Lavatories were the best equipped I’d ever seen, even beyond those of other airlines’ first class cabins. I was surprised to see a window in the toilet, a full-length mirror, and fresh flowers. Extra amenities such as real washcloths, eau de cologne, and mouthwash were on offer.
The FAs began their work in a friendly and attentive manner. Little touches made a difference, such as turning on individuals’ reading lights and using passengers’ names throughout the service. Most passengers quickly turned to the ‘KrisWorld’ entertainment guide after receiving noise-canceling headsets. SQ offers 80 movies, 105 TV shows, and 180 CDs. In addition, passengers can access games and information.Two FAs served dinner to each passenger, refilling the French wine at each course. Dinner began with a light course of canapés (salmon cakes, ham with ginger, and smoked duck) followed by a salad of crab and mango. For the main course, I chose the mint-crusted lamb chops from the choice of four. Dinner service concluded with ice cream and coffee.
PHOTOS: CHRISTOPHER J VARADY
Singapore dinner: canapes, salad, and main course.
After dinner, I chose Ali for my first movie and settled in for the night. The SpaceBed is extremely comfortable with enough elbow room, and my feet just touching the end of the bed. It lies flat but at an angle, which caused me to slide down a bit. With the feather pillow and oversize thick blankets, I found it quite easy to sleep.
Somewhere between Hawai‘i and Guam, I took a midnight walk through the cabin to see the ‘Executive Economy’ cabin. I was surprised at how comfortable EE seating appeared, with plenty of legroom, an angle of recline not seen before in economy, and most passengers appearing to sleep comfortably. Other airlines flying 14-plus-hour legs should take note.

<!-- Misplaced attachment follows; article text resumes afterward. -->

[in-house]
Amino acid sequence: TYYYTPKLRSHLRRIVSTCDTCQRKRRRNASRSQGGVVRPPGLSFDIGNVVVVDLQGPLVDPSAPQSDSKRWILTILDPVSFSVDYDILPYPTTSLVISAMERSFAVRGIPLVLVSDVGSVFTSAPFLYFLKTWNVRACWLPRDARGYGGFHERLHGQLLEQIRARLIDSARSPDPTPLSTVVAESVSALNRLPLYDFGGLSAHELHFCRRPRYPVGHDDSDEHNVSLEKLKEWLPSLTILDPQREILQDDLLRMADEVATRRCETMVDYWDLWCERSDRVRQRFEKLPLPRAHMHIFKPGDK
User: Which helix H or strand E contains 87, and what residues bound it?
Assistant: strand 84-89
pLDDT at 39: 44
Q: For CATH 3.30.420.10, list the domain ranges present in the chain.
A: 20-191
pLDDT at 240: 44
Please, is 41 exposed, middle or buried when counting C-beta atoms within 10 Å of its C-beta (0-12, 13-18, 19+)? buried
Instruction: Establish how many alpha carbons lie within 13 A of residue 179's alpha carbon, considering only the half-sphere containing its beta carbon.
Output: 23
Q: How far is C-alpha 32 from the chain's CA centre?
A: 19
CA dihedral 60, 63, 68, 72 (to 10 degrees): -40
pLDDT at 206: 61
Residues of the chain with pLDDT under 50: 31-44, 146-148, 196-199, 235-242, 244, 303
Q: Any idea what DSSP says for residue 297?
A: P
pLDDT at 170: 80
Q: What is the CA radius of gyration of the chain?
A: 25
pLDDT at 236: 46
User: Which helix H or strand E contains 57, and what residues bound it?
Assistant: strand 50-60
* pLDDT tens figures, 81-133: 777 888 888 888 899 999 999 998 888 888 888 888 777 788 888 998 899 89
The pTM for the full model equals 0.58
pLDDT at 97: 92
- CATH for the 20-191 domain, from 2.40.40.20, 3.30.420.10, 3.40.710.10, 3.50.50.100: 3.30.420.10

Over Guam I requested the noodle and fish ball soup, which made an excellent ‘midnight’ snack, and was quickly served by the FAs. I then settled in for a French movie and tried to nap a bit more.
About 2½ hours before landing, the cabin was artificially suffused with illumination of a soft reddish hue while the crewmembers began preparing each passenger for the breakfast service. The breakfast courses were: fresh fruits; yogurt and cereal; and omelet with sausage and potatoes, all served with tea and juice. Before ‘retiring’ for the night, I had pre-ordered the omelet.
Singapore breakfast of fruit and omelet.
We landed smoothly at a still-dark Changi Airport. Because of SQ’s configuration of the A340-500, we disembarked within five minutes of reaching the parking stand. Once off the airplane, I headed straight for the business class lounge, where a shower after such a long flight makes a huge difference.
PHOTO: GERARD ISAACSON
Airline: Thai Airways International
Sector: Bangkok, Thailand (BKK) to LAX
Aircraft: Airbus A340-500
Because of my incoming flight landing only 25 minutes before the departure of TG794, a representative from Thai met me at the arrival gate, holding up a placard with my name on it. She walked me to Gate C9 where the flight to Los Angeles was boarding. I was worried about my luggage, but the agent confidently informed me that the flights were at the same terminal and Thai personnel were making an effort to ensure that the baggage would also make the connection.
Unfortunately, I didn’t have time to enjoy Suvarnabhumi Airport (Airways, December 2006 & January 2007), which is one of the world’s best in terms of both aesthetics and amenities. I walked aboard the A340-500, which still had the ‘new airplane’ smell. A flight attendant greeted me by bowing her head in Thai tradition, and indicated my seat was on the right side of the aircraft. Boarding continued for about ten minutes past the scheduled departure time while a few late passengers arrived.